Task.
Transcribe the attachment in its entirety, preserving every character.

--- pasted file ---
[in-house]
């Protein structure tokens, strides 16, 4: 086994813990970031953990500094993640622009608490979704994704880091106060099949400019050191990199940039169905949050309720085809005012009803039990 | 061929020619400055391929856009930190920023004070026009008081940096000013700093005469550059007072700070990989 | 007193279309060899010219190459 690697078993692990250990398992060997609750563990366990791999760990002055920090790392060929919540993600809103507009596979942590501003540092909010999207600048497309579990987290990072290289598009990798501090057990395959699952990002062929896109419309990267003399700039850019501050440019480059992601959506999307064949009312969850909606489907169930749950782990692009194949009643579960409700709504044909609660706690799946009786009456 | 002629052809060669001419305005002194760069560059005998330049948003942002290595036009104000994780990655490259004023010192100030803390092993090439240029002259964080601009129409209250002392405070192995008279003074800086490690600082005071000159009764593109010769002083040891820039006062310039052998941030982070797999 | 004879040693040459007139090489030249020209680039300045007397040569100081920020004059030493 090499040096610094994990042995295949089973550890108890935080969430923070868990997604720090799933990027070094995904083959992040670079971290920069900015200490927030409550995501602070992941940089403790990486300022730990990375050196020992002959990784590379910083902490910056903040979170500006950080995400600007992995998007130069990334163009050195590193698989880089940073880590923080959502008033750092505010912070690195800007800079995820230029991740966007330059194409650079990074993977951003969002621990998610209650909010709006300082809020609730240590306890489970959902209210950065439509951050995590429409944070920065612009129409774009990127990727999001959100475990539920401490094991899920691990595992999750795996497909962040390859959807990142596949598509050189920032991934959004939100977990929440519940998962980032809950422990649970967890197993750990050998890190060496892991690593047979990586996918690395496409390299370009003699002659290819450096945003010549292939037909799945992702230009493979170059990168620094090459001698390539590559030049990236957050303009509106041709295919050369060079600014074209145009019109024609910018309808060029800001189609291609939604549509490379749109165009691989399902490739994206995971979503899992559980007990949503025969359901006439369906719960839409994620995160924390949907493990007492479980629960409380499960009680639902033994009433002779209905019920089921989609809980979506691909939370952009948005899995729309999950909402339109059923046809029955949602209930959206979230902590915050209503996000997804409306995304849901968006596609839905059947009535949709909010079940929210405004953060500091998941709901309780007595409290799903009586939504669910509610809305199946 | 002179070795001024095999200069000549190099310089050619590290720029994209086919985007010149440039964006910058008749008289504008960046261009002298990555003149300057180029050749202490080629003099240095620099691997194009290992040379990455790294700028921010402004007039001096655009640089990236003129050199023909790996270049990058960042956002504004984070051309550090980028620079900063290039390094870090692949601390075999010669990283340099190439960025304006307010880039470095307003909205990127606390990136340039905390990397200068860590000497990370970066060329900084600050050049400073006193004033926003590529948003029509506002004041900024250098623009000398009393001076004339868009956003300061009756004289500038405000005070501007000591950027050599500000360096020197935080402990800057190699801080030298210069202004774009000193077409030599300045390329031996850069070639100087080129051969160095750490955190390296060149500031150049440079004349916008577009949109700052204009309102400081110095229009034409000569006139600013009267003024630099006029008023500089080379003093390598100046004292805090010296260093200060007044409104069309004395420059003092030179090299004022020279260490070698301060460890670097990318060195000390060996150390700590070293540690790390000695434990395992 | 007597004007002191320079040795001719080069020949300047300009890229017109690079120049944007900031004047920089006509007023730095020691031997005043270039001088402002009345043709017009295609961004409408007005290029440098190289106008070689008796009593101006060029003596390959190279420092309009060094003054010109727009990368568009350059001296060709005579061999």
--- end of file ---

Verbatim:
[in-house]
């Protein structure tokens, strides 16, 4: 086994813990970031953990500094993640622009608490979704994704880091106060099949400019050191990199940039169905949050309720085809005012009803039990 | 061929020619400055391929856009930190920023004070026009008081940096000013700093005469550059007072700070990989 | 007193279309060899010219190459 690697078993692990250990398992060997609750563990366990791999760990002055920090790392060929919540993600809103507009596979942590501003540092909010999207600048497309579990987290990072290289598009990798501090057990395959699952990002062929896109419309990267003399700039850019501050440019480059992601959506999307064949009312969850909606489907169930749950782990692009194949009643579960409700709504044909609660706690799946009786009456 | 002629052809060669001419305005002194760069560059005998330049948003942002290595036009104000994780990655490259004023010192100030803390092993090439240029002259964080601009129409209250002392405070192995008279003074800086490690600082005071000159009764593109010769002083040891820039006062310039052998941030982070797999 | 004879040693040459007139090489030249020209680039300045007397040569100081920020004059030493 090499040096610094994990042995295949089973550890108890935080969430923070868990997604720090799933990027070094995904083959992040670079971290920069900015200490927030409550995501602070992941940089403790990486300022730990990375050196020992002959990784590379910083902490910056903040979170500006950080995400600007992995998007130069990334163009050195590193698989880089940073880590923080959502008033750092505010912070690195800007800079995820230029991740966007330059194409650079990074993977951003969002621990998610209650909010709006300082809020609730240590306890489970959902209210950065439509951050995590429409944070920065612009129409774009990127990727999001959100475990539920401490094991899920691990595992999750795996497909962040390859959807990142596949598509050189920032991934959004939100977990929440519940998962980032809950422990649970967890197993750990050998890190060496892991690593047979990586996918690395496409390299370009003699002659290819450096945003010549292939037909799945992702230009493979170059990168620094090459001698390539590559030049990236957050303009509106041709295919050369060079600014074209145009019109024609910018309808060029800001189609291609939604549509490379749109165009691989399902490739994206995971979503899992559980007990949503025969359901006439369906719960839409994620995160924390949907493990007492479980629960409380499960009680639902033994009433002779209905019920089921989609809980979506691909939370952009948005899995729309999950909402339109059923046809029955949602209930959206979230902590915050209503996000997804409306995304849901968006596609839905059947009535949709909010079940929210405004953060500091998941709901309780007595409290799903009586939504669910509610809305199946 | 002179070795001024095999200069000549190099310089050619590290720029994209086919985007010149440039964006910058008749008289504008960046261009002298990555003149300057180029050749202490080629003099240095620099691997194009290992040379990455790294700028921010402004007039001096655009640089990236003129050199023909790996270049990058960042956002504004984070051309550090980028620079900063290039390094870090692949601390075999010669990283340099190439960025304006307010880039470095307003909205990127606390990136340039905390990397200068860590000497990370970066060329900084600050050049400073006193004033926003590529948003029509506002004041900024250098623009000398009393001076004339868009956003300061009756004289500038405000005070501007000591950027050599500000360096020197935080402990800057190699801080030298210069202004774009000193077409030599300045390329031996850069070639100087080129051969160095750490955190390296060149500031150049440079004349916008577009949109700052204009309102400081110095229009034409000569006139600013009267003024630099006029008023500089080379003093390598100046004292805090010296260093200060007044409104069309004395420059003092030179090299004022020279260490070698301060460890670097990318060195000390060996150390700590070293540690790390000695434990395992 | 007597004007002191320079040795001719080069020949300047300009890229017109690079120049944007900031004047920089006509007023730095020691031997005043270039001088402002009345043709017009295609961004409408007005290029440098190289106008070689008796009593101006060029003596390959190279420092309009060094003054010109727009990368568009350059001296060709005579061999």